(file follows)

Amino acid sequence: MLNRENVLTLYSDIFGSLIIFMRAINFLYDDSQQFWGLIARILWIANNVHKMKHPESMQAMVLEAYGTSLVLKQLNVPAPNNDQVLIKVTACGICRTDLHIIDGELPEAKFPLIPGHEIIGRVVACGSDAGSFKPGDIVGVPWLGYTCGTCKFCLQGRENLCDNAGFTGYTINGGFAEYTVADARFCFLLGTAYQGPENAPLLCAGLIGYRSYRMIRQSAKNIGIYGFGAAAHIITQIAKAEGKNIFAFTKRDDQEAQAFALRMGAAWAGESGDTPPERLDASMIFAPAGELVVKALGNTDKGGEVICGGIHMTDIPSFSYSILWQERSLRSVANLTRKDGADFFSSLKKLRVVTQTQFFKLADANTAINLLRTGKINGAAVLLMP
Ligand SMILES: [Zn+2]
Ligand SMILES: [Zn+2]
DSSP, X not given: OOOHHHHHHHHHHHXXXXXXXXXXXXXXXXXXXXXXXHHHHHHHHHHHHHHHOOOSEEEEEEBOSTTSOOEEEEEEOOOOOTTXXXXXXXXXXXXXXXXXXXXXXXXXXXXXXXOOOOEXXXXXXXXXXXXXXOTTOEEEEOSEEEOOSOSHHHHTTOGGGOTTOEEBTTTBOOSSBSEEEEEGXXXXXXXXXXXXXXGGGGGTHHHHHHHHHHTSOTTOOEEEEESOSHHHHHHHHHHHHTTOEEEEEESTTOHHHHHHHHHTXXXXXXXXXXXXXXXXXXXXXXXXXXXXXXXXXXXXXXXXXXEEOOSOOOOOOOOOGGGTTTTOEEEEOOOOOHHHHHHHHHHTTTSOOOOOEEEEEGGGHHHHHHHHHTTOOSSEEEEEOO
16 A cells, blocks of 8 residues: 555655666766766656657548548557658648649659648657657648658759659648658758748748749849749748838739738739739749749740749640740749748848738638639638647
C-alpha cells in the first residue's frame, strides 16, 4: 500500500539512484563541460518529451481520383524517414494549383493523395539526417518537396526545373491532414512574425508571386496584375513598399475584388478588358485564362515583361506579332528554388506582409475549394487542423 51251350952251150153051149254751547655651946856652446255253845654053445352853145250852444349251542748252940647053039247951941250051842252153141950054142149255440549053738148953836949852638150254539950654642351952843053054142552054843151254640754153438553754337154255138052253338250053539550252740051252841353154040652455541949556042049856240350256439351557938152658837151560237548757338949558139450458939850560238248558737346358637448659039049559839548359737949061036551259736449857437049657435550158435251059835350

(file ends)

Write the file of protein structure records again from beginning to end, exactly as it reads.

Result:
Amino acid sequence: MLNRENVLTLYSDIFGSLIIFMRAINFLYDDSQQFWGLIARILWIANNVHKMKHPESMQAMVLEAYGTSLVLKQLNVPAPNNDQVLIKVTACGICRTDLHIIDGELPEAKFPLIPGHEIIGRVVACGSDAGSFKPGDIVGVPWLGYTCGTCKFCLQGRENLCDNAGFTGYTINGGFAEYTVADARFCFLLGTAYQGPENAPLLCAGLIGYRSYRMIRQSAKNIGIYGFGAAAHIITQIAKAEGKNIFAFTKRDDQEAQAFALRMGAAWAGESGDTPPERLDASMIFAPAGELVVKALGNTDKGGEVICGGIHMTDIPSFSYSILWQERSLRSVANLTRKDGADFFSSLKKLRVVTQTQFFKLADANTAINLLRTGKINGAAVLLMP
Ligand SMILES: [Zn+2]
Ligand SMILES: [Zn+2]
DSSP, X not given: OOOHHHHHHHHHHHXXXXXXXXXXXXXXXXXXXXXXXHHHHHHHHHHHHHHHOOOSEEEEEEBOSTTSOOEEEEEEOOOOOTTXXXXXXXXXXXXXXXXXXXXXXXXXXXXXXXOOOOEXXXXXXXXXXXXXXOTTOEEEEOSEEEOOSOSHHHHTTOGGGOTTOEEBTTTBOOSSBSEEEEEGXXXXXXXXXXXXXXGGGGGTHHHHHHHHHHTSOTTOOEEEEESOSHHHHHHHHHHHHTTOEEEEEESTTOHHHHHHHHHTXXXXXXXXXXXXXXXXXXXXXXXXXXXXXXXXXXXXXXXXXXEEOOSOOOOOOOOOGGGTTTTOEEEEOOOOOHHHHHHHHHHTTTSOOOOOEEEEEGGGHHHHHHHHHTTOOSSEEEEEOO
16 A cells, blocks of 8 residues: 555655666766766656657548548557658648649659648657657648658759659648658758748748749849749748838739738739739749749740749640740749748848738638639638647
C-alpha cells in the first residue's frame, strides 16, 4: 500500500539512484563541460518529451481520383524517414494549383493523395539526417518537396526545373491532414512574425508571386496584375513598399475584388478588358485564362515583361506579332528554388506582409475549394487542423 51251350952251150153051149254751547655651946856652446255253845654053445352853145250852444349251542748252940647053039247951941250051842252153141950054142149255440549053738148953836949852638150254539950654642351952843053054142552054843151254640754153438553754337154255138052253338250053539550252740051252841353154040652455541949556042049856240350256439351557938152658837151560237548757338949558139450458939850560238248558737346358637448659039049559839548359737949061036551259736449857437049657435550158435251059835350